You are better off doing cardio and weight circuits on your own. You don’t need a trainer to stand next to you while you run for forty-five minutes on a treadmill, and the internet is a goldmine for free basic weight-training circuits. The one caveat is those who have a very specific and challenging fitness goal in mind (like entering a bodybuilding competition) or those who know they will not go to the gym unless they have a financial incentive driving them. Again, these two types of people need to commit to their trainers, otherwise little improvement will be made.
4. Beware the Sales Pitch
When you sign up for a gym membership, the sales representative will likely offer you a free personal training session or one-on-one fitness consultation. Don’t take it. They are going to pitch personal training sessions to you, and they are going to make a very convincing argument. They work on commission; they are masters of the hustle. Avoid temptation by saying no thank you and haggle that membership fee like a slick used-car salesman.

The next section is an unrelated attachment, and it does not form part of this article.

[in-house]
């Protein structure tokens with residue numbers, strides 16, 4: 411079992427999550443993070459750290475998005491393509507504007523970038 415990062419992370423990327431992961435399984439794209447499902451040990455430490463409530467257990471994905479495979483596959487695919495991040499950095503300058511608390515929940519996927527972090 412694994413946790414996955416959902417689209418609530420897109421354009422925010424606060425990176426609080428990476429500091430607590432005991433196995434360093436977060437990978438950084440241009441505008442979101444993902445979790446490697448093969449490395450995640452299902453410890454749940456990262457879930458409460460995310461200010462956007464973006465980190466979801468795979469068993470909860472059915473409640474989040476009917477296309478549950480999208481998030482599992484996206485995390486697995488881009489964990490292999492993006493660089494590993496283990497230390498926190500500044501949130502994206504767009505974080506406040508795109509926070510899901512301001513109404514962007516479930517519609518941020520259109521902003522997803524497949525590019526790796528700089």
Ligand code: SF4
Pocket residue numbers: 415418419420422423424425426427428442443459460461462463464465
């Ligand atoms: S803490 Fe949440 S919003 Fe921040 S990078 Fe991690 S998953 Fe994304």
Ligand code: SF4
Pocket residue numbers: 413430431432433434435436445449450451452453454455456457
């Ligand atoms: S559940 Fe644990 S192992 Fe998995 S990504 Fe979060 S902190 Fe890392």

5. Avoid the Crowds
If you join a corporate gym, it is going to be packed during the first three weeks of January. On weekdays, peak hours tend to be from 6:30am – 8:30am and 5pm – 7:30pm. If your schedule allows, get your workout in during off hours. Personally, I would advise becoming a morning person and working out around 4:30am – 6am. You won’t have to wait to use the equipment, the showers will be fresh and clean, you won’t have to wipe down the mats glossed with other people’s sweat, and you’ll likely develop a friendly rapport with the other early-risers. As an added bonus, you’ll have your workout over with before most people start their day; its quite the sense of accomplishment.